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Wipeout Stress In Record Time



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Pioneers of Stress

In the early part of the twentieth century, Walter Cannon was a noted psychologist employed at the Harvard Medical School. He was the first person to describe the body's reaction to stress. Think of it this way: Your heart begins to pound and speed up, you seem unable to catch your breath, you begin to perspire, your muscles tense and a whole array of changes occur within your body. He identified this stress reaction as the 'fight or flight' response. Your body prepares itself, when confronted by a threat, to either stand ground and fight or run away.

Using rats in an experiment and exposing them to stressors, Hans Selye was able to specify the changes in the body's physiology. In his book “The Stress Of Life”, he summarized stress reactivity as a three-phase process called the general adaptation syndrome:

Phase 1: Alarm reaction - The body shows the changes characteristic of the first exposure to a stressor. At the same time, its resistance is diminished and, if the stressor is sufficiently strong (like extreme temperature), death may result.

Phase 2: State of resistance - Resistance ensues if continued exposure to the stressor is compatible with adaptation. The bodily signs characteristic of the alarm reaction have virtually disappeared, and resistance rises above normal.

Phase 3: Stage of exhaustion - Following long continued exposure to the same stressor, to which the body has become adjusted, eventually adaptation energy is exhausted. The signs of the alarm reaction reappear, but now they are irreversible, and the individual dies.

Selye said stress is “nonspecific response of the body to any demand made upon it.” That means both good things (like a promotion) to which we must adapt (also called eustress) and bad things (loss of a loved one, a.k.a. distress). Both are experienced physiologically. Other researchers have added to the work of these two scientists to shed more light on the relationship of stress to body processes. With this understanding comes a better appreciation of which illnesses and diseases are associated with stress and how to prevent these conditions from developing. Others also helped clarify the effects of stress. Others have found ways of successfully treating people with stress-related illnesses.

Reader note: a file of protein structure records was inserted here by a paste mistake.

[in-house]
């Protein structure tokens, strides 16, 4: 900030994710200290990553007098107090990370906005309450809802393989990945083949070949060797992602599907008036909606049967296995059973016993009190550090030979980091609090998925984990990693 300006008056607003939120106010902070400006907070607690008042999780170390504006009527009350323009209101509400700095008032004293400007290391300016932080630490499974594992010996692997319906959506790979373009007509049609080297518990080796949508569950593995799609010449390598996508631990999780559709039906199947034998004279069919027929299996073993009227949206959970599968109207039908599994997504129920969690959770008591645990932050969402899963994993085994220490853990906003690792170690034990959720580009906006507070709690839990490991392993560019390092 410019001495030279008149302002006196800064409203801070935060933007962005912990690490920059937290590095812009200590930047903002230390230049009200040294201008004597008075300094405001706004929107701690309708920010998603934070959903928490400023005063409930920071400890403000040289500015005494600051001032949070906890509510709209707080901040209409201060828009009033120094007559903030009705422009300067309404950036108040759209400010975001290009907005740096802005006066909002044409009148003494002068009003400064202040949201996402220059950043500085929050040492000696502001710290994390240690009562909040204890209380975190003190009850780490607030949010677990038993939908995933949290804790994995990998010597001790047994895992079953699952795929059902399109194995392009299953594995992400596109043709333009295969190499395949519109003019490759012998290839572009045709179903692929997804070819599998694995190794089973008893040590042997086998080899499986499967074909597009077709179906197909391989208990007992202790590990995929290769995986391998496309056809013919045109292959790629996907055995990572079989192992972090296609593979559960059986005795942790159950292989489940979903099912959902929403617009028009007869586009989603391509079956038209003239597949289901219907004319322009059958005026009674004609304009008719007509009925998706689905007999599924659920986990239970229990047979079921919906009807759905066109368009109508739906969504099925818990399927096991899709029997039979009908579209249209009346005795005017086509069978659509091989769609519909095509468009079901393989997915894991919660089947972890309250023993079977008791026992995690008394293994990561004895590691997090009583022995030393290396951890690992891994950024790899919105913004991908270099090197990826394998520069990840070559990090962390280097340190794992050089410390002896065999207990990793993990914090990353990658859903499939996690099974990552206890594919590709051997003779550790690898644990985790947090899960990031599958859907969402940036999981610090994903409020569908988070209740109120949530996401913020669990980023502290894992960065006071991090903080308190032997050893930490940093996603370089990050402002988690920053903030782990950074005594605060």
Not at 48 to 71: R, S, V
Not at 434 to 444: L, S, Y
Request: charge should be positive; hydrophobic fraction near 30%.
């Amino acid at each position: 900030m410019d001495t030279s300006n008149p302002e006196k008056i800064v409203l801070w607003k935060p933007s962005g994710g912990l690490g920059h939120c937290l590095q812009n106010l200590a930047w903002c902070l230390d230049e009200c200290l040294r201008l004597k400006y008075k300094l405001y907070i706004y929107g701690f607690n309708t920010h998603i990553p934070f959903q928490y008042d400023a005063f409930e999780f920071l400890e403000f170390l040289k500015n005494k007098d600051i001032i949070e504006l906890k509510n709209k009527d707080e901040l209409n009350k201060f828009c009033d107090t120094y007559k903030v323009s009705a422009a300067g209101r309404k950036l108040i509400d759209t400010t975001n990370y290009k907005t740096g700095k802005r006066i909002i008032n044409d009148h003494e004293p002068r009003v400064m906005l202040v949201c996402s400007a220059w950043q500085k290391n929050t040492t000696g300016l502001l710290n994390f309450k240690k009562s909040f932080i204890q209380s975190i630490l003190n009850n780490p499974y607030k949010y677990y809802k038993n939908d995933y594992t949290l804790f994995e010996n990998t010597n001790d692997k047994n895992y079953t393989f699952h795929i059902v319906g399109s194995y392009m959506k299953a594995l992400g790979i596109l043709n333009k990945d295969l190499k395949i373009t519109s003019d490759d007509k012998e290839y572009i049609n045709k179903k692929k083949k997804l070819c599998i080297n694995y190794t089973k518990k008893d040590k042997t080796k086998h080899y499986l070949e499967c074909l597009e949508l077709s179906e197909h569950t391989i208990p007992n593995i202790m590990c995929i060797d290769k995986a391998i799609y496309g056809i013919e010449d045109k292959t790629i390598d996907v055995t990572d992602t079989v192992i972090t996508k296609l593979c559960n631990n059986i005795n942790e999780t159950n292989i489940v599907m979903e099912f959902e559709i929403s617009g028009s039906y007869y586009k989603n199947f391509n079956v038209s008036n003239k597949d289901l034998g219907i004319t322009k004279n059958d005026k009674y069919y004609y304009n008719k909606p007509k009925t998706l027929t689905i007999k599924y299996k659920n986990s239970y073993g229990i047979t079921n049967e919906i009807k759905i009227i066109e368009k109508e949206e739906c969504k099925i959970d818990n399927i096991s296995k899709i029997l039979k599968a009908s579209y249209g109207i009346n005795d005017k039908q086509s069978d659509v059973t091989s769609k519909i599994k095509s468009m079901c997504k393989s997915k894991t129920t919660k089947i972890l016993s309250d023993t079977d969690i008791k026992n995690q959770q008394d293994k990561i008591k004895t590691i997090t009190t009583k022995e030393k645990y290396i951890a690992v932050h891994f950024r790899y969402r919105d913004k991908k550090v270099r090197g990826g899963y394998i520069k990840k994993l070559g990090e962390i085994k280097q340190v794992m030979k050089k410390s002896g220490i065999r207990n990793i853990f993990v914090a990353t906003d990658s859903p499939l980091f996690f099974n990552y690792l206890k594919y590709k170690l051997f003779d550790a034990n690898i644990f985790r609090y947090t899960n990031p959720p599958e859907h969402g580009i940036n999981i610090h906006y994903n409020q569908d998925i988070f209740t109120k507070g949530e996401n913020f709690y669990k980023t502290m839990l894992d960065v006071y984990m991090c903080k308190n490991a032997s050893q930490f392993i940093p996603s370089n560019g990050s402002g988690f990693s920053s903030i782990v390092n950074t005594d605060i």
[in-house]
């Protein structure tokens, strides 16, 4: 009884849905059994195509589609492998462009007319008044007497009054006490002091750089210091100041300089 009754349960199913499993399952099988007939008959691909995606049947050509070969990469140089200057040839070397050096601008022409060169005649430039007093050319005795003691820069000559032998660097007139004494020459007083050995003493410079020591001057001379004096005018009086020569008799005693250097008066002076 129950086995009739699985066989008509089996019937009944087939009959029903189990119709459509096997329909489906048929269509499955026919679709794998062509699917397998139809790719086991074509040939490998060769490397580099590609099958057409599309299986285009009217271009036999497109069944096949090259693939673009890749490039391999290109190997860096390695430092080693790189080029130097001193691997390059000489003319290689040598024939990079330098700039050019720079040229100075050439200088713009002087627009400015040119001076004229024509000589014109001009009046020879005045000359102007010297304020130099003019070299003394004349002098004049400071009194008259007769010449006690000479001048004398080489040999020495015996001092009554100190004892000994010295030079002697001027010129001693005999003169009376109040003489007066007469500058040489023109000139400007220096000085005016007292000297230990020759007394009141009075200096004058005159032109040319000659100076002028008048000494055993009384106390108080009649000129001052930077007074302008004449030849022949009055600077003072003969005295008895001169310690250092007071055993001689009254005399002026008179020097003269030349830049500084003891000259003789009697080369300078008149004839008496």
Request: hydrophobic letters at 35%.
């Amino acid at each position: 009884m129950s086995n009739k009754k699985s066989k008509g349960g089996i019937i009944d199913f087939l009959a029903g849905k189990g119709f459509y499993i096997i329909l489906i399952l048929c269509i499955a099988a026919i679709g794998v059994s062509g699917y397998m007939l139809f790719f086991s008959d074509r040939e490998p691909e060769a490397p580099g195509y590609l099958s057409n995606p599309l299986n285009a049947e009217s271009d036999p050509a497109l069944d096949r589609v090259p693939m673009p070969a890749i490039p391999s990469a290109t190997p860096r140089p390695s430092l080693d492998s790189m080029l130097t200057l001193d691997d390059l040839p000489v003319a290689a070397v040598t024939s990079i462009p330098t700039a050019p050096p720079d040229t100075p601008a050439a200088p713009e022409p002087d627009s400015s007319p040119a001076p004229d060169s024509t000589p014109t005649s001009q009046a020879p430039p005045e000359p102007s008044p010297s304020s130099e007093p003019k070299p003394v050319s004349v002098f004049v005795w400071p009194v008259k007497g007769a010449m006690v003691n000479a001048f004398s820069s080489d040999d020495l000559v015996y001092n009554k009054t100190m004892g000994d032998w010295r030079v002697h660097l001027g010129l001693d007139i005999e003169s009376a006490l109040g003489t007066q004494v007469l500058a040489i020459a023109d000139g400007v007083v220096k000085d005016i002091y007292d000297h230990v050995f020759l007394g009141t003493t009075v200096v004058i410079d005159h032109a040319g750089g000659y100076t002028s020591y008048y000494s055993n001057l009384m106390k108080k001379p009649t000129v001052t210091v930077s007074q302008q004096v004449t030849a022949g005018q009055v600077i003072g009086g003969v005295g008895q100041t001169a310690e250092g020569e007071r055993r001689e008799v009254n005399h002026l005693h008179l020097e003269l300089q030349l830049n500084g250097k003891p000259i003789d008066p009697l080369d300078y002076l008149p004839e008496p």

Stress may not just be bothersome but may be downright unhealthy, and that stress may lead to other negative consequences, such as poor relationships with loved ones or low academic achievement. Stress management is serious business to which some very fine minds have devoted their time and effort. This study has paid off and is continuing to do so.

What Causes Stress?

What causes stress? Part of the answer is a “stressor”. The other part is “stress reactivity”. A stressor is a stimulus with the potential of triggering the fight or flight response. The stressors for which our bodies were evolutionarily trained were threats to our safety. The caveman who saw a lion looking for its next meal needed to react quickly. Cavemen who were not fast enough or strong enough to respond to this threat didn't have any worry about the next threat. They became meals for the lions.